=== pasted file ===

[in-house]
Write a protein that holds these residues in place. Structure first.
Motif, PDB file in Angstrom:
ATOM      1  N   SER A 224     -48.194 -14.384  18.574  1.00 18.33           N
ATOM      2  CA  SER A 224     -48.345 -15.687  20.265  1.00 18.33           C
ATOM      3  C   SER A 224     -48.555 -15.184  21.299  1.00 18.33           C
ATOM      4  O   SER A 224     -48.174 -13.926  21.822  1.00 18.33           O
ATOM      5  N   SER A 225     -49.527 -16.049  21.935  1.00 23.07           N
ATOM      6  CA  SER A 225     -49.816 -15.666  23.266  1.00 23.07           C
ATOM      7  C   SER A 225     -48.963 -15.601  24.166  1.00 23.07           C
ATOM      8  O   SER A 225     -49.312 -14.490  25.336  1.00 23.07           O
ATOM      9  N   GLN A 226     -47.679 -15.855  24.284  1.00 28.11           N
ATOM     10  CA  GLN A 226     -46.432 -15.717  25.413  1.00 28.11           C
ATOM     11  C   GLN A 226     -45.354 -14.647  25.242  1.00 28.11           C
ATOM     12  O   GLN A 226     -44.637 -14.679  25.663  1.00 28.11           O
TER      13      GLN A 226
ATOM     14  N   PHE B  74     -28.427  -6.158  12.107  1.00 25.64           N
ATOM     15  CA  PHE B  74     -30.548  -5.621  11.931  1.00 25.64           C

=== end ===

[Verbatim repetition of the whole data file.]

[in-house]
Write a protein that holds these residues in place. Structure first.
Motif, PDB file in Angstrom:
ATOM      1  N   SER A 224     -48.194 -14.384  18.574  1.00 18.33           N
ATOM      2  CA  SER A 224     -48.345 -15.687  20.265  1.00 18.33           C
ATOM      3  C   SER A 224     -48.555 -15.184  21.299  1.00 18.33           C
ATOM      4  O   SER A 224     -48.174 -13.926  21.822  1.00 18.33           O
ATOM      5  N   SER A 225     -49.527 -16.049  21.935  1.00 23.07           N
ATOM      6  CA  SER A 225     -49.816 -15.666  23.266  1.00 23.07           C
ATOM      7  C   SER A 225     -48.963 -15.601  24.166  1.00 23.07           C
ATOM      8  O   SER A 225     -49.312 -14.490  25.336  1.00 23.07           O
ATOM      9  N   GLN A 226     -47.679 -15.855  24.284  1.00 28.11           N
ATOM     10  CA  GLN A 226     -46.432 -15.717  25.413  1.00 28.11           C
ATOM     11  C   GLN A 226     -45.354 -14.647  25.242  1.00 28.11           C
ATOM     12  O   GLN A 226     -44.637 -14.679  25.663  1.00 28.11           O
TER      13      GLN A 226
ATOM     14  N   PHE B  74     -28.427  -6.158  12.107  1.00 25.64           N
ATOM     15  CA  PHE B  74     -30.548  -5.621  11.931  1.00 25.64           C